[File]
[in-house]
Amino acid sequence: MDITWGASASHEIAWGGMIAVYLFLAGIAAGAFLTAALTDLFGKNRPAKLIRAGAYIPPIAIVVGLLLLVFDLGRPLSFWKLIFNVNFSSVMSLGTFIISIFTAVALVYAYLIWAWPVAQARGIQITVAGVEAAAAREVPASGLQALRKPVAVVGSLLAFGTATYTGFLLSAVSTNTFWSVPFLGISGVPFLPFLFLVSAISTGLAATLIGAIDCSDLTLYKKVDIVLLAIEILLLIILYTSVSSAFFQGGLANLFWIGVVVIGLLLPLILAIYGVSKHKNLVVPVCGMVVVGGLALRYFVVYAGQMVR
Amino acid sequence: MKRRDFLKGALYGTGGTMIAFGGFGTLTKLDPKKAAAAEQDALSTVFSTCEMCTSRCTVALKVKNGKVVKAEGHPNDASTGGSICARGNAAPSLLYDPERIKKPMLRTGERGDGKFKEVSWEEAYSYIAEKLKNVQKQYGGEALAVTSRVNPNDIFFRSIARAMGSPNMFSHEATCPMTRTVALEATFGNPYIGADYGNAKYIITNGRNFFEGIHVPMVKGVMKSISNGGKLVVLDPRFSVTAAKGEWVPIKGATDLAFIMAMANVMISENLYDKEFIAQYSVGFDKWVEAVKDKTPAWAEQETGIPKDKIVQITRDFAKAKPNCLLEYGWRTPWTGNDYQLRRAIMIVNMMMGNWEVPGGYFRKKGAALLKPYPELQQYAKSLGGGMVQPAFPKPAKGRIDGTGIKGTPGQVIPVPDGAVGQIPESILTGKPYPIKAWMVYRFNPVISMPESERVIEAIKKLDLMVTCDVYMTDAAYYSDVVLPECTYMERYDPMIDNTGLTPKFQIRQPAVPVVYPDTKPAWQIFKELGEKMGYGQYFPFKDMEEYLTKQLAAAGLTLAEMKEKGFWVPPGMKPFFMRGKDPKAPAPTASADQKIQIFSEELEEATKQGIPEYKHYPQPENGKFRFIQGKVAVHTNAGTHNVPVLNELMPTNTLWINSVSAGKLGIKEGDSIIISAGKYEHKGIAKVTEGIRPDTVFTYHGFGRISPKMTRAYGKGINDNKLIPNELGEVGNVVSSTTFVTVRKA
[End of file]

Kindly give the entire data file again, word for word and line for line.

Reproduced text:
[in-house]
Amino acid sequence: MDITWGASASHEIAWGGMIAVYLFLAGIAAGAFLTAALTDLFGKNRPAKLIRAGAYIPPIAIVVGLLLLVFDLGRPLSFWKLIFNVNFSSVMSLGTFIISIFTAVALVYAYLIWAWPVAQARGIQITVAGVEAAAAREVPASGLQALRKPVAVVGSLLAFGTATYTGFLLSAVSTNTFWSVPFLGISGVPFLPFLFLVSAISTGLAATLIGAIDCSDLTLYKKVDIVLLAIEILLLIILYTSVSSAFFQGGLANLFWIGVVVIGLLLPLILAIYGVSKHKNLVVPVCGMVVVGGLALRYFVVYAGQMVR
Amino acid sequence: MKRRDFLKGALYGTGGTMIAFGGFGTLTKLDPKKAAAAEQDALSTVFSTCEMCTSRCTVALKVKNGKVVKAEGHPNDASTGGSICARGNAAPSLLYDPERIKKPMLRTGERGDGKFKEVSWEEAYSYIAEKLKNVQKQYGGEALAVTSRVNPNDIFFRSIARAMGSPNMFSHEATCPMTRTVALEATFGNPYIGADYGNAKYIITNGRNFFEGIHVPMVKGVMKSISNGGKLVVLDPRFSVTAAKGEWVPIKGATDLAFIMAMANVMISENLYDKEFIAQYSVGFDKWVEAVKDKTPAWAEQETGIPKDKIVQITRDFAKAKPNCLLEYGWRTPWTGNDYQLRRAIMIVNMMMGNWEVPGGYFRKKGAALLKPYPELQQYAKSLGGGMVQPAFPKPAKGRIDGTGIKGTPGQVIPVPDGAVGQIPESILTGKPYPIKAWMVYRFNPVISMPESERVIEAIKKLDLMVTCDVYMTDAAYYSDVVLPECTYMERYDPMIDNTGLTPKFQIRQPAVPVVYPDTKPAWQIFKELGEKMGYGQYFPFKDMEEYLTKQLAAAGLTLAEMKEKGFWVPPGMKPFFMRGKDPKAPAPTASADQKIQIFSEELEEATKQGIPEYKHYPQPENGKFRFIQGKVAVHTNAGTHNVPVLNELMPTNTLWINSVSAGKLGIKEGDSIIISAGKYEHKGIAKVTEGIRPDTVFTYHGFGRISPKMTRAYGKGINDNKLIPNELGEVGNVVSSTTFVTVRKA